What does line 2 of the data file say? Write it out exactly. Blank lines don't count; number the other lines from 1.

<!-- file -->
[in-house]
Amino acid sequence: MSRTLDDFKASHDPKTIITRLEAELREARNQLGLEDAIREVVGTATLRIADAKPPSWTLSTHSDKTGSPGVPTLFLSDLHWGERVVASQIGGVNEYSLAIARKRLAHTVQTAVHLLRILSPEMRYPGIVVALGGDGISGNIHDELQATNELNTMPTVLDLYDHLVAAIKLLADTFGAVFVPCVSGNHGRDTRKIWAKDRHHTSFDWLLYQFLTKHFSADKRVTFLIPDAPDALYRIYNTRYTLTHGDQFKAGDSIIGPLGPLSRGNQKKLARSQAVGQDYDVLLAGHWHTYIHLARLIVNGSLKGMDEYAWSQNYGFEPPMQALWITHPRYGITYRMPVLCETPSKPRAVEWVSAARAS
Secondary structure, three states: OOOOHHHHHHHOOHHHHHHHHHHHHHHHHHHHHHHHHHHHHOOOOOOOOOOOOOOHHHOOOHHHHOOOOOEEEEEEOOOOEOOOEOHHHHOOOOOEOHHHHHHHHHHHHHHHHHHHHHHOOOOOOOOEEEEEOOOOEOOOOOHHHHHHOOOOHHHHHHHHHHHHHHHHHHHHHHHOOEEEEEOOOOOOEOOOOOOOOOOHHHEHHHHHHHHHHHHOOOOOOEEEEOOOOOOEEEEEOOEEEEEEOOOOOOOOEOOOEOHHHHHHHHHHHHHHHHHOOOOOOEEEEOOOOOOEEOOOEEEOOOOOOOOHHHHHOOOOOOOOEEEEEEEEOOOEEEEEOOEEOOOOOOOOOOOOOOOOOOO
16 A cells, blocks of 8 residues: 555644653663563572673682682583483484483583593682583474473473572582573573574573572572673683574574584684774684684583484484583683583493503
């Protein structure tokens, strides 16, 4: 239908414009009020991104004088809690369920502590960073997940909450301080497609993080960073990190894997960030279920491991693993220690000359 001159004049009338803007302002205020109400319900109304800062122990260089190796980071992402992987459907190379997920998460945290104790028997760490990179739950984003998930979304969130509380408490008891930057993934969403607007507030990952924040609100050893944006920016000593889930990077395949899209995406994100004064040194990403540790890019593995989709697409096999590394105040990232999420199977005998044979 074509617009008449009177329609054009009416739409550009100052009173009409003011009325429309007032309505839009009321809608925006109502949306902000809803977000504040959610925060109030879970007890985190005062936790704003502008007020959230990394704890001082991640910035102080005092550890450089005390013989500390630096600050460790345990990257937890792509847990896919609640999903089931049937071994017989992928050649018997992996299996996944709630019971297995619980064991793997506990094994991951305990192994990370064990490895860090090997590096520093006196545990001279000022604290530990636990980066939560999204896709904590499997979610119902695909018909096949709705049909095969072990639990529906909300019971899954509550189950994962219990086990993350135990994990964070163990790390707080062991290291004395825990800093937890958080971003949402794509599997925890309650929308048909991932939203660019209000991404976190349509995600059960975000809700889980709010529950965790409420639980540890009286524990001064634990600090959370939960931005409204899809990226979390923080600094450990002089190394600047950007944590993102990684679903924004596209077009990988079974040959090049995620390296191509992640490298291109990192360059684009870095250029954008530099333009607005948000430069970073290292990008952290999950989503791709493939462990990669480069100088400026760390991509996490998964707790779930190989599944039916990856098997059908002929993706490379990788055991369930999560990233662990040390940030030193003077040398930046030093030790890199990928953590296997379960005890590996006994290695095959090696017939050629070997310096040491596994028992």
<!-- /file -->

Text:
Amino acid sequence: MSRTLDDFKASHDPKTIITRLEAELREARNQLGLEDAIREVVGTATLRIADAKPPSWTLSTHSDKTGSPGVPTLFLSDLHWGERVVASQIGGVNEYSLAIARKRLAHTVQTAVHLLRILSPEMRYPGIVVALGGDGISGNIHDELQATNELNTMPTVLDLYDHLVAAIKLLADTFGAVFVPCVSGNHGRDTRKIWAKDRHHTSFDWLLYQFLTKHFSADKRVTFLIPDAPDALYRIYNTRYTLTHGDQFKAGDSIIGPLGPLSRGNQKKLARSQAVGQDYDVLLAGHWHTYIHLARLIVNGSLKGMDEYAWSQNYGFEPPMQALWITHPRYGITYRMPVLCETPSKPRAVEWVSAARAS